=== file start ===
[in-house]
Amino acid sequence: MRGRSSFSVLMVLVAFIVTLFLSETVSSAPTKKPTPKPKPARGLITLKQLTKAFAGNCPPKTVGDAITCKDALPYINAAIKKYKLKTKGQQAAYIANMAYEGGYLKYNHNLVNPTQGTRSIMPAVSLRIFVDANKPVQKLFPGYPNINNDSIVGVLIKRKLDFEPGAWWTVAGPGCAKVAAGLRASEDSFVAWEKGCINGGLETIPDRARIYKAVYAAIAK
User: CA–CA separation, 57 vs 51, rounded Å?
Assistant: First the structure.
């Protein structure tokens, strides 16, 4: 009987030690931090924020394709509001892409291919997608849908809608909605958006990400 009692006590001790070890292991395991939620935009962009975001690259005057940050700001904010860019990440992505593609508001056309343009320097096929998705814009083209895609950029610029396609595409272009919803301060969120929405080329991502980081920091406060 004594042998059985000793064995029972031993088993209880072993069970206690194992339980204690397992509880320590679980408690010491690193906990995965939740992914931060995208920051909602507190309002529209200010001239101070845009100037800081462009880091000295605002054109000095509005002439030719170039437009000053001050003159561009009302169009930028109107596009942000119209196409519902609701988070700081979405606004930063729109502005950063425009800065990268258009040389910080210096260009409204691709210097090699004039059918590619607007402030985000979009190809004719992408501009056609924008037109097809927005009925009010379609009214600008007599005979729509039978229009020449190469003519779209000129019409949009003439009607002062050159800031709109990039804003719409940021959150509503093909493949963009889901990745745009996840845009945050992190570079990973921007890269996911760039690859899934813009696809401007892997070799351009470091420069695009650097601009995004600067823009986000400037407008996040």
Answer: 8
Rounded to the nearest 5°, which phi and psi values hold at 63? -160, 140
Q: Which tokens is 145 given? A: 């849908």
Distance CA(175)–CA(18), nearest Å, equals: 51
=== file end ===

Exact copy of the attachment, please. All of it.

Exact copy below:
[in-house]
Amino acid sequence: MRGRSSFSVLMVLVAFIVTLFLSETVSSAPTKKPTPKPKPARGLITLKQLTKAFAGNCPPKTVGDAITCKDALPYINAAIKKYKLKTKGQQAAYIANMAYEGGYLKYNHNLVNPTQGTRSIMPAVSLRIFVDANKPVQKLFPGYPNINNDSIVGVLIKRKLDFEPGAWWTVAGPGCAKVAAGLRASEDSFVAWEKGCINGGLETIPDRARIYKAVYAAIAK
User: CA–CA separation, 57 vs 51, rounded Å?
Assistant: First the structure.
């Protein structure tokens, strides 16, 4: 009987030690931090924020394709509001892409291919997608849908809608909605958006990400 009692006590001790070890292991395991939620935009962009975001690259005057940050700001904010860019990440992505593609508001056309343009320097096929998705814009083209895609950029610029396609595409272009919803301060969120929405080329991502980081920091406060 004594042998059985000793064995029972031993088993209880072993069970206690194992339980204690397992509880320590679980408690010491690193906990995965939740992914931060995208920051909602507190309002529209200010001239101070845009100037800081462009880091000295605002054109000095509005002439030719170039437009000053001050003159561009009302169009930028109107596009942000119209196409519902609701988070700081979405606004930063729109502005950063425009800065990268258009040389910080210096260009409204691709210097090699004039059918590619607007402030985000979009190809004719992408501009056609924008037109097809927005009925009010379609009214600008007599005979729509039978229009020449190469003519779209000129019409949009003439009607002062050159800031709109990039804003719409940021959150509503093909493949963009889901990745745009996840845009945050992190570079990973921007890269996911760039690859899934813009696809401007892997070799351009470091420069695009650097601009995004600067823009986000400037407008996040």
Answer: 8
Rounded to the nearest 5°, which phi and psi values hold at 63? -160, 140
Q: Which tokens is 145 given? A: 């849908």
Distance CA(175)–CA(18), nearest Å, equals: 51